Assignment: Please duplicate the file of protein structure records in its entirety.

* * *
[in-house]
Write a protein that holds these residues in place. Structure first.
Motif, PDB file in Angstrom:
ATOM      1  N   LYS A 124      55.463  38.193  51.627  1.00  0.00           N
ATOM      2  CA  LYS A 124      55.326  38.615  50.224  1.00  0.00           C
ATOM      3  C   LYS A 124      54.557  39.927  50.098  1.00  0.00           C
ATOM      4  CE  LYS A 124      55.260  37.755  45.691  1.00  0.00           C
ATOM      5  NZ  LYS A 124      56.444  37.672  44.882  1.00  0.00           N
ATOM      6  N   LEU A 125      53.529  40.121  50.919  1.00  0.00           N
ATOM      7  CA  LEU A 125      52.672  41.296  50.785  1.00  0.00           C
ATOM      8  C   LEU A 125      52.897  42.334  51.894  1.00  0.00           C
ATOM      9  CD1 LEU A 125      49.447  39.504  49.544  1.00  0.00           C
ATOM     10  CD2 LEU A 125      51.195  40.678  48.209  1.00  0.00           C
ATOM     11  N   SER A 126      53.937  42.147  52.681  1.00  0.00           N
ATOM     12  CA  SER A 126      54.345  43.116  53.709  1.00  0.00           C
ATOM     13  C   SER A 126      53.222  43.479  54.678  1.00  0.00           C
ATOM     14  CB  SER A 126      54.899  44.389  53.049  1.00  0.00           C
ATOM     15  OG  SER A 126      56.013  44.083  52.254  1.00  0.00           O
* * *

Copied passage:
[in-house]
Write a protein that holds these residues in place. Structure first.
Motif, PDB file in Angstrom:
ATOM      1  N   LYS A 124      55.463  38.193  51.627  1.00  0.00           N
ATOM      2  CA  LYS A 124      55.326  38.615  50.224  1.00  0.00           C
ATOM      3  C   LYS A 124      54.557  39.927  50.098  1.00  0.00           C
ATOM      4  CE  LYS A 124      55.260  37.755  45.691  1.00  0.00           C
ATOM      5  NZ  LYS A 124      56.444  37.672  44.882  1.00  0.00           N
ATOM      6  N   LEU A 125      53.529  40.121  50.919  1.00  0.00           N
ATOM      7  CA  LEU A 125      52.672  41.296  50.785  1.00  0.00           C
ATOM      8  C   LEU A 125      52.897  42.334  51.894  1.00  0.00           C
ATOM      9  CD1 LEU A 125      49.447  39.504  49.544  1.00  0.00           C
ATOM     10  CD2 LEU A 125      51.195  40.678  48.209  1.00  0.00           C
ATOM     11  N   SER A 126      53.937  42.147  52.681  1.00  0.00           N
ATOM     12  CA  SER A 126      54.345  43.116  53.709  1.00  0.00           C
ATOM     13  C   SER A 126      53.222  43.479  54.678  1.00  0.00           C
ATOM     14  CB  SER A 126      54.899  44.389  53.049  1.00  0.00           C
ATOM     15  OG  SER A 126      56.013  44.083  52.254  1.00  0.00           O